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MANILA: The Sultanate of Sulu and North Borneo is not keen on retrieving from Sabah the bodies of its 28 fighters who have been reported as killed by Malaysian security forces since March 5.
“In line with the preaching of Islam, why would we still disturb the souls and the spirits of the deceased? They are now rested in peace,” said Abraham Idjirani, spokesman of the sultanate.
According to the teachings of Islam, a deceased person must be buried within 24 hours after his or her death. After the 17-day standoff erupted in a firefight on March 1, the Sulu sultanate asked Malaysia for a ceasefire to be able to bury their dead.
Since March 5, Malaysian security forces had conducted offensive operations to flush out Kiram’s followers. According to Sabah Police Commissioner Hamza Taib, 61 of the sultan’s followers had been killed from March 5 to 15.
The Malaysian government had written the Philippine government regarding the repatriation of the bodies in three days, although it did not specify the dates for this period.
“We have sent the letters through our Foreign Ministry. In fact, today there will be a meeting between the Foreign Ministry and the Philippine Embassy. Technically the three-day period has not lapsed yet,” Taib said.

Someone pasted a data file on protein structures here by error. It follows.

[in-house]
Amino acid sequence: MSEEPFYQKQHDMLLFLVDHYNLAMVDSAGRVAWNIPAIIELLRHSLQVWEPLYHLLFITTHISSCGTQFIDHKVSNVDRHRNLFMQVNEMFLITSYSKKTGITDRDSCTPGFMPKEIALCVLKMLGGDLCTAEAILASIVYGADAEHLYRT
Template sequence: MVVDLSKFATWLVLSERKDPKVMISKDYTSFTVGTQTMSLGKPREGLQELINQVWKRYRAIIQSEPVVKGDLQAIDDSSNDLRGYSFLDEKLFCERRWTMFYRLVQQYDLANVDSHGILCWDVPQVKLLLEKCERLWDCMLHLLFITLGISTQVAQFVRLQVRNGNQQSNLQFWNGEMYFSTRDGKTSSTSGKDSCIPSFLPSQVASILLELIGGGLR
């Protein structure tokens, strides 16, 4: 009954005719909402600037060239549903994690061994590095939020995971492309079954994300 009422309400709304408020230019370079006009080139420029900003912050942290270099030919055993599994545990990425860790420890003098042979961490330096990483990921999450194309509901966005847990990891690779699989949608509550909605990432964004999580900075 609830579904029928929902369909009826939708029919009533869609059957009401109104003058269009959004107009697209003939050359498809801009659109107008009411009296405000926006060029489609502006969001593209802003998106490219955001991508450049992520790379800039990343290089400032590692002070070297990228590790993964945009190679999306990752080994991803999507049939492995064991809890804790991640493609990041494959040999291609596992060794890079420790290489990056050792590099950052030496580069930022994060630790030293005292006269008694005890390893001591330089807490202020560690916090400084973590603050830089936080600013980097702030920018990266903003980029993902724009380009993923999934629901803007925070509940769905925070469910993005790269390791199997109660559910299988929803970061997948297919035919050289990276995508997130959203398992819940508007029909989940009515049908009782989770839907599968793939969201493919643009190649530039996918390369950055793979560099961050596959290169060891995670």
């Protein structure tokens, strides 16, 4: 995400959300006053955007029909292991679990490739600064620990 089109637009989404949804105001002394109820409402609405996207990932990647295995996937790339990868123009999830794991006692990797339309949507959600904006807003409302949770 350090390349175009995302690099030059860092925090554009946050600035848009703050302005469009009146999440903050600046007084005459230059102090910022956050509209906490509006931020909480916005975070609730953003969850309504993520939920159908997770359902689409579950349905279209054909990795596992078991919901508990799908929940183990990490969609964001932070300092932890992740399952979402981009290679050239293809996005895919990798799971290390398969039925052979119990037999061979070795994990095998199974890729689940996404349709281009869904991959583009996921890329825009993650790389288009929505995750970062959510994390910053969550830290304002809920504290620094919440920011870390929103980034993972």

Idjirani said the offer of the Malaysian government to have the remains of the dead fighters retrieved and sent back to the Philippines is just another “black propaganda.”
Idjirani said should the Sultanate of Sulu agree to retrieve their dead fighters from Sabah, the retrieval team should be guaranteed immunity from arrest or harassment by a neutral country.
“Now the proposition of Malaysia is another black propaganda. First of all, there is no definition of conditions on how the retrieval is to be done. It is also very alarming on the part of the Sultanate of Sulu as without the intercession of a neutral country, Malaysia could order the arrest of the retrieval team and accuse them of being members of the Royal Security Force,” he said.
Idjirani added that the retrieval of the deceased fighters should be covered by media both local and international and be made in the presence of a neutral humanitarian organisation such as the Red Crescent or the International Committee of the Red Cross.
He also said that Malaysia should also allow an independent group to conduct autopsies on the remains of the dead sultanate fighters to prove that they were indeed killed in combat and were not tortured to death.
“If that should happen, we challenge Malaysia to allow an independent body to conduct autopsies on the remains,” he said
“We have still to solicit the consent of the relatives,” he added.
Idjirani believes that the 10 fighters earlier reported as captured by Malaysian security forces could have already been killed.
He said that the refusal of Malaysia to present the 10 could mean that they are already dead.
THE PHILIPPINE STAR